Polar Bear Survival

By  Polar Bear Science – Re-Blogged From WUWT

Posted on September 20, 2020 | Comments Off on Potential impact of the second-lowest sea ice minimum since 1979 on polar bear survival

The annual summer sea ice minimum in the Arctic has been reached and while the precise extent has not yet been officially determined, it’s clear this will be the ‘second lowest’ minimum (after 2012) since 1979. However, as there is no evidence that polar bears were harmed by the 2012 ‘lowest’ summer sea ice this year’s ‘second-lowest’ is unlikely to have any negative effect.

Continue reading

Polar Bear Survival Contradictions: Sea Ice Decline vs. Documented Harm

Reposted from Dr. Susan Crockford’s Polar Bear Science

Re-Blogged From WUWT

Here I take a detailed look at sea ice and polar bear population health information available for Western Hudson Bay and the Southern Beaufort compared to the Barents and Chukchi Seas. Data from the first two regions – but especially Western Hudson Bay – are used repeatedly to proclaim that a pronounced decline in summer sea ice since 1979 has caused harm to the health of global polar bear populations even though data from the second two regions strongly contradict such a conclusion, as I’ve pointed out in my fully referenced book, The Polar Bear Catastrophe That Never Happened.

Polar bear_standing_web_shutterstock_1630907296

These contradictions mean that studies from Western Hudson Bay and the Southern Beaufort should not be used to extrapolate to the rest of the Arctic with regard to how polar bears are responding to reduced summer sea ice. The plea to ‘Save Our Sea Ice‘ for the sake of polar bear survival is a climate change marketing slogan, not a scientific assessment.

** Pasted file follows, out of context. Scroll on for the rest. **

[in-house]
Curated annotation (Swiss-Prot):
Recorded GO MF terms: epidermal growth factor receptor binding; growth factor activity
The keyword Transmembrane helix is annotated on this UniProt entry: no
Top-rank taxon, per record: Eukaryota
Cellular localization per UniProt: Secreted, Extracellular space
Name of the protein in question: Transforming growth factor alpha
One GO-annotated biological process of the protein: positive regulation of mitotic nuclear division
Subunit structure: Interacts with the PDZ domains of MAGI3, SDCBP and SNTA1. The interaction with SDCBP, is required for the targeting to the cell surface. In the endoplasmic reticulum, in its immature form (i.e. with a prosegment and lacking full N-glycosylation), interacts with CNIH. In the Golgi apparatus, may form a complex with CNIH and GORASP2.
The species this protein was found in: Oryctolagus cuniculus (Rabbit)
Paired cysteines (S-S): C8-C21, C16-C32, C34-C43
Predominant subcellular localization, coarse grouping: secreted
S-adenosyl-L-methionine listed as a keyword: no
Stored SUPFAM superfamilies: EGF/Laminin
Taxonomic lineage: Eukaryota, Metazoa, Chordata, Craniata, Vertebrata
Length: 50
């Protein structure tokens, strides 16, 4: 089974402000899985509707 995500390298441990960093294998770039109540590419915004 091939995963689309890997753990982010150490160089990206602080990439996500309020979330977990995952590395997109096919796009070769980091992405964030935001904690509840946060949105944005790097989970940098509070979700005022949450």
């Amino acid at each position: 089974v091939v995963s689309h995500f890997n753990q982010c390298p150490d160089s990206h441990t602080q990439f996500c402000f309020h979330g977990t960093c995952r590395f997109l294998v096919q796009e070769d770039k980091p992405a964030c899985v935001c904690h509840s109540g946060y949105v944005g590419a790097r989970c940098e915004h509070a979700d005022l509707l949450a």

Continue reading

Hopefulness Despite 2.9 Billion Lost Birds

By Jim Steele – Re-Blogged From WUWT

What’s Natural

In 2019 bird researchers published Rosenberg et al “Decline of the North American Avifauna”, reporting a decline in 57% of the bird species. They estimated a net loss of nearly 2.9 billion birds since 1970, and urged us to remedy the threats, claiming all were “exacerbated by climate change”, and we must stave off the “potential collapse of the continental avifauna.” Months before publication the researchers had organize and extensive media campaign. Typical doomsday media like the New York Times piled on with “Birds Are Vanishing From North America” and Scientific American wrote, “Silent Skies: Billions of North American Birds Have Vanished.”

As I have now been sheltering in place, I finally had ample time to thoroughly peruse Rosenberg’s study. I had a very personal interest in it, having professionally studied bird populations for over 20 years and had worked to restore their habitat. I also had conducted 20 years of surveys which were part of the study’s database. Carefully looking at their data, a far more optimistic perspective is needed. So here I join a chorus of other ecologists, as reported in Slate, that “There Is No Impending Bird Apocalypse”. As one ecologist wrote, it’s “not what’s really happening. I think it hurts the credibility of scientists.”

Continue reading

The Phytoplankton Decline, Is There Anything To It?

By Andy May – Re-Blogged From http://www.WattsUpWithThat.com

We have been told that the phytoplankton population is declining rapidly around the world and, of course, the cause is climate change. Phytoplankton is the base of the ocean food chain and it accounts for about half of global primary productivity or organic matter creation (Boyce, Lewis and Worm 2010). Phytoplankton is the major consumer of carbon dioxide, the dreaded demon trace gas, and the major producer of oxygen. So, first question, is the estimated decline in phytoplankton accurate, significant or unusual? Second question, if the decline is real, are the measurements long term enough to show it is not a natural occurrence? What is the natural variability and how do we know man-made climate change is to blame? Let’s investigate this.

Continue reading